- Suspect, 17, charged in Halloween hit-and-run in Roscoe
- Saint Anthony College of Nursing president to retire
- Man found guilty in deadly August 2013 crash at Mulford and Garrett Lane
- ‘The Price is Right Live!’ at Coronado March 1; tickets on sale Nov. 21
- Rockford’s E. Faye Butler to perform at Ten Chimneys in Wisconsin
- Stockholm Inn to be honored by Illinois Office of Tourism
- Winnebago County Sheriff’s Office to be out in force during Thanksgiving holiday
- Wallace co-sponsors bill to increase minimum wage
- Stadelman’s measure to prevent layoffs passes state Senate
- More than 46 million Americans to travel for Thanksgiving, most since 2007
Craft Beer Scene Around Rockford: Finding a tasty, refreshing IPA among Artale Wine Co.’s selections
By Michael Sears
President, Forest City Brewers
This week, I would like to talk about an IPA I came across while browsing the fine selections at Artale Wine Co., 6876 Spring Creek Road, Rockford.
Don’t let the name fool you! Along with fine wines and spirits, Artale Wine Co. also has an excellent selection of craft beer. Anthony and Aaron (a certified Cicerone) are there to help guide you to the right beer for your palate.
A brief history of the IPA is in order. India Pale Ales (IPAs) were first brewed in England during the late 1700s for export overseas to British soldiers in India, which was part of the soldier’s monthly salary. To keep their beer from spoiling during the long voyage, English brewers fortified their traditional pale ale recipes with natural preservatives: more malted barley, for a higher alcohol content, and more hops.
Schlafly Tasmanian IPA is brewed by the St. Louis Brewery in St. Louis. Schlafly has a solid portfolio of beers, and the Tasmanian IPA is one of their best so far. It is called a SMASH beer, meaning it is brewed with a Single Malt (pale type) and Single Hop (Galaxy, which is an Australian hop). The hop’s unique flavors of citrus and pineapple shine in this beer. Unfortunately, it is a limited-release beer available October through January.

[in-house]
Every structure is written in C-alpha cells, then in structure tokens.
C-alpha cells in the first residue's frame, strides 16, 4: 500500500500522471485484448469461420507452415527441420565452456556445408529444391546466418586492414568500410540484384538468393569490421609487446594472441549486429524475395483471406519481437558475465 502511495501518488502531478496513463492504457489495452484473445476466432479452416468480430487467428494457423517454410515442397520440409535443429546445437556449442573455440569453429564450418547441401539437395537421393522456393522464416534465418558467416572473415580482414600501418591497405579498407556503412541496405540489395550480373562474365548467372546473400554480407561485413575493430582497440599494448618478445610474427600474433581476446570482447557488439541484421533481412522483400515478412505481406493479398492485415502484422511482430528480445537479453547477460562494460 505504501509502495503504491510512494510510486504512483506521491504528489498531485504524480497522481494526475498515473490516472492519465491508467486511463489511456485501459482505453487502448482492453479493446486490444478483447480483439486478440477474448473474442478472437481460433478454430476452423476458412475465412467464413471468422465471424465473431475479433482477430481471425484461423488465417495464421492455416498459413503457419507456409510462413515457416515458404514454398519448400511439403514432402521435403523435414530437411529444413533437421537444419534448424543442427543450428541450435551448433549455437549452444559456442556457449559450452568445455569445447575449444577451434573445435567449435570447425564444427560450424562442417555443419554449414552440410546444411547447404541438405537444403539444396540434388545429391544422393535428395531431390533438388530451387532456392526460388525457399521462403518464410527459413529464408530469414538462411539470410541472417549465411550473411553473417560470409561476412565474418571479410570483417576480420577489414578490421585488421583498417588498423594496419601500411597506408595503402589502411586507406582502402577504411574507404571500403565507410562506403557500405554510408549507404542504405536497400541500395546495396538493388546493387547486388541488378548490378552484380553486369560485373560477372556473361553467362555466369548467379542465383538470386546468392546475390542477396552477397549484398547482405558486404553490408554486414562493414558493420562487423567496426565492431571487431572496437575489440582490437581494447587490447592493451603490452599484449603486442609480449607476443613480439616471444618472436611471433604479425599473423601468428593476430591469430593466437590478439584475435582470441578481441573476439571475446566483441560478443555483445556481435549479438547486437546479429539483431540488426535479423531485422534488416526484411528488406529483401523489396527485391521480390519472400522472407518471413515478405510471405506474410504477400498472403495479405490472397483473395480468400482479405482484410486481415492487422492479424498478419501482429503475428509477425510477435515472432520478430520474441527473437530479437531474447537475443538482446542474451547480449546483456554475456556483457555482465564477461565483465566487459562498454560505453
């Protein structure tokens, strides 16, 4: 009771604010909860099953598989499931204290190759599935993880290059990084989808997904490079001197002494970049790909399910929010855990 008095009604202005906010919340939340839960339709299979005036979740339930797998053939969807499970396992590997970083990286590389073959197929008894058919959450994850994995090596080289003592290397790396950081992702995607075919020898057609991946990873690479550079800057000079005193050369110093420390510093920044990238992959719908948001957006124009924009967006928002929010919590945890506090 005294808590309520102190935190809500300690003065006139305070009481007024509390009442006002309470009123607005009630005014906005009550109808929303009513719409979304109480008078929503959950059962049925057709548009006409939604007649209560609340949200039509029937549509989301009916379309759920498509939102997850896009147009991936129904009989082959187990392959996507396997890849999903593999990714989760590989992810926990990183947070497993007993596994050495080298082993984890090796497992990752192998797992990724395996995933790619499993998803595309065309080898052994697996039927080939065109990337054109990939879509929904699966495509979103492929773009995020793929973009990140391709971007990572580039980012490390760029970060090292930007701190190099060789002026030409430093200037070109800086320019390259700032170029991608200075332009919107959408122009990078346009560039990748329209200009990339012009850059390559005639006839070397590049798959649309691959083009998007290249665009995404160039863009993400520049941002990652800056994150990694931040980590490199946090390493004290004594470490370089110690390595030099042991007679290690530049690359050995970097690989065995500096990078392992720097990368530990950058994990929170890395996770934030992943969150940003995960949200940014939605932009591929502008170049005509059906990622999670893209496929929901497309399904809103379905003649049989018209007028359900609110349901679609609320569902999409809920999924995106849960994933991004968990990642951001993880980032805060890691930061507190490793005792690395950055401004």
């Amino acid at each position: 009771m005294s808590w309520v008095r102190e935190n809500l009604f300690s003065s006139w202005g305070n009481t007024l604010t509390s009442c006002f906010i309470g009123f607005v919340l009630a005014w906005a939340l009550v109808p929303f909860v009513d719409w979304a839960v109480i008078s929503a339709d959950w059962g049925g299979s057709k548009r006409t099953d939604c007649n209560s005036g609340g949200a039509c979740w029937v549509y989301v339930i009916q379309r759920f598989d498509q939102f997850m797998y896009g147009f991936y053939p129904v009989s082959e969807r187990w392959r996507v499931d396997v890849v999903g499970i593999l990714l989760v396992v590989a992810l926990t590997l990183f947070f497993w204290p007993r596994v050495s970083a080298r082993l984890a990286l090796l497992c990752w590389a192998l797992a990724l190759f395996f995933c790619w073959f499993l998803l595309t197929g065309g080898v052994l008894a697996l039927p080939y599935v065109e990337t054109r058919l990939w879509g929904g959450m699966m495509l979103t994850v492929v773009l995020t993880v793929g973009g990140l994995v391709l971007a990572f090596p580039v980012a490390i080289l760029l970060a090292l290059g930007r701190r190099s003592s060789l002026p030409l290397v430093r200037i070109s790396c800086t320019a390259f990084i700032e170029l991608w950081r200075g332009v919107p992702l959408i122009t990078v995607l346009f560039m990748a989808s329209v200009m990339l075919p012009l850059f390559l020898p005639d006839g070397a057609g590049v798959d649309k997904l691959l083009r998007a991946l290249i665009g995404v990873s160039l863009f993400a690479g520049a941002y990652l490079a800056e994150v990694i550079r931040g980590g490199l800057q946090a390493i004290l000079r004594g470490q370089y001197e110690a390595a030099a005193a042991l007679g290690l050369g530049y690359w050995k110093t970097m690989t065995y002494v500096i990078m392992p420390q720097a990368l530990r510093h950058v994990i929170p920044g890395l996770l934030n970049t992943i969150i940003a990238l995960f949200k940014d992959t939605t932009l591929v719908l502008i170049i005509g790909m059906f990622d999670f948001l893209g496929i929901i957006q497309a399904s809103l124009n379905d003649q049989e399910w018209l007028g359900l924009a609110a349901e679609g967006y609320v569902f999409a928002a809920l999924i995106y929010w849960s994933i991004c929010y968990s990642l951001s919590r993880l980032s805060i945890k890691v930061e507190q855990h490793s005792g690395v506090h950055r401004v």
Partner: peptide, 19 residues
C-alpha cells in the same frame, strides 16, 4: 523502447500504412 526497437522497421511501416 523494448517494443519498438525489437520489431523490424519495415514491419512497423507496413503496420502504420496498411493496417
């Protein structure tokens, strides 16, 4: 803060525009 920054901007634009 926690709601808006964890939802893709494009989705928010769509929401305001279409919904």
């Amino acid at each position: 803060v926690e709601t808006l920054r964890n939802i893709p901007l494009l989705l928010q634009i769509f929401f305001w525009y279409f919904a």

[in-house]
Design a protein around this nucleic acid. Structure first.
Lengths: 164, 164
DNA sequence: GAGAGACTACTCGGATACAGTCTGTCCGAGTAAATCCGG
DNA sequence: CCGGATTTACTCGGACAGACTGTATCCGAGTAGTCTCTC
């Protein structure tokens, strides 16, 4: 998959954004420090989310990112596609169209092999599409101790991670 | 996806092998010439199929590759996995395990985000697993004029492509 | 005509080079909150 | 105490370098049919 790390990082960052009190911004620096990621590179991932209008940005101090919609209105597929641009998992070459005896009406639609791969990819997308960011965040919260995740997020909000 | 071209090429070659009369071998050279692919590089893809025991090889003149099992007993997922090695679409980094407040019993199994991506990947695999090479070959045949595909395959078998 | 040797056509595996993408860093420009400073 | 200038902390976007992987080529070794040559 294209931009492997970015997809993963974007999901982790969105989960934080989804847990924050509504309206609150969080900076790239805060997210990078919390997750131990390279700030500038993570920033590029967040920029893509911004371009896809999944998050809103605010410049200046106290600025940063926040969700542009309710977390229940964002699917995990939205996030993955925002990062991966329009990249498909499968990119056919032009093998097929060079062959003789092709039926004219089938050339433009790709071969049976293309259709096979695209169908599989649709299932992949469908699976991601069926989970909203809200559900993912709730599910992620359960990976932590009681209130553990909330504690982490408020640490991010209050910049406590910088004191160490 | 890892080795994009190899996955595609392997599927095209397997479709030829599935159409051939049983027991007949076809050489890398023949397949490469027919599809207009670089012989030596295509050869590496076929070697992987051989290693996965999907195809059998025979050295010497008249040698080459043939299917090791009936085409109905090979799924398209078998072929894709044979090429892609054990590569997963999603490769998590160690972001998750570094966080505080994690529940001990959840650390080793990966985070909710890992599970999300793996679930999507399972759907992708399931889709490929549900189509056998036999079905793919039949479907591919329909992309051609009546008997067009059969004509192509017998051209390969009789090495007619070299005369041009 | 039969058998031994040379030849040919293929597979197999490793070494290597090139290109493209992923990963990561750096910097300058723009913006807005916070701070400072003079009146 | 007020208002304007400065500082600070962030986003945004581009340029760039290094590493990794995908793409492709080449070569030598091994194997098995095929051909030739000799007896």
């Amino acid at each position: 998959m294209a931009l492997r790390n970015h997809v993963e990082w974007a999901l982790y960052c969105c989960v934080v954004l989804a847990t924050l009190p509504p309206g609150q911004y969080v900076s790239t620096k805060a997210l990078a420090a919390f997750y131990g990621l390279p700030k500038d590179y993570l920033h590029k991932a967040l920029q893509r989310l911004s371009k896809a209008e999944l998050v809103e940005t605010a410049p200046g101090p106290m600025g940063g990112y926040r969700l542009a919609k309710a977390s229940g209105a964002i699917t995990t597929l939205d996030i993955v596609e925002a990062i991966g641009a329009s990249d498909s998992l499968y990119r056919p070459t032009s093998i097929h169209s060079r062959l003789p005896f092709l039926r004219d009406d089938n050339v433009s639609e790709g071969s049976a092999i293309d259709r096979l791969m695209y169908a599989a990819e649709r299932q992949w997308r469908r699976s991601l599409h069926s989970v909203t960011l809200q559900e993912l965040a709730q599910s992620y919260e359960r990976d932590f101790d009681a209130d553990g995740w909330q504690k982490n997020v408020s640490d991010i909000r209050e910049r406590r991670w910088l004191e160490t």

IPA is best served in a tumbler, Nonic or Becker-type pint glass around 50 degrees Fahrenheit in order to get the full hop aroma and flavor. Upon pouring, the beer was a cloudy straw-blond color, with a dense white head of small, tight bubbles. The citrus and pineapple, along with a hint of pine, creates an exotic aroma from the hops, much like a bowl of fresh-cut fruit, inviting you to take the first sip of this beer.
The initial taste is hoppy with a bitterness that is not overbearing, exhibiting a grassy and resinous flavor while still retaining some of the juicy exotic fruit and citrus character that lingers through to the finish.
Being a single-malt beer, it is surprisingly well balanced, as the bread/biscuit flavors of the pale malt support the hops very well. The mouth feel is medium to full, with medium carbonation.
Although this weighs in at 7.2 percent alcohol, it is hidden well with no noticeable bite. A nice lacing was present on the glass from start to finish.
This is a very well-crafted IPA that was extremely tasty and refreshing. I thoroughly enjoyed from start to finish, so much so a second was soon to follow. I will be on the lookout for this when it is again released next October.
Michael Sears is president of the Forest City Brewers. The Forest City Brewers is a homebrewing club dedicated to the art of finely crafted beer. The club meets the first Wednesday of each month at Thunder Bay Grille on East State Sreet. For more about Forest City Brewers, go to http://forestcitybrewers.org. If you have comments or recommendations, please contact Mike at firstname.lastname@example.org.
From the Jan. 29-Feb. 4, 2014, issue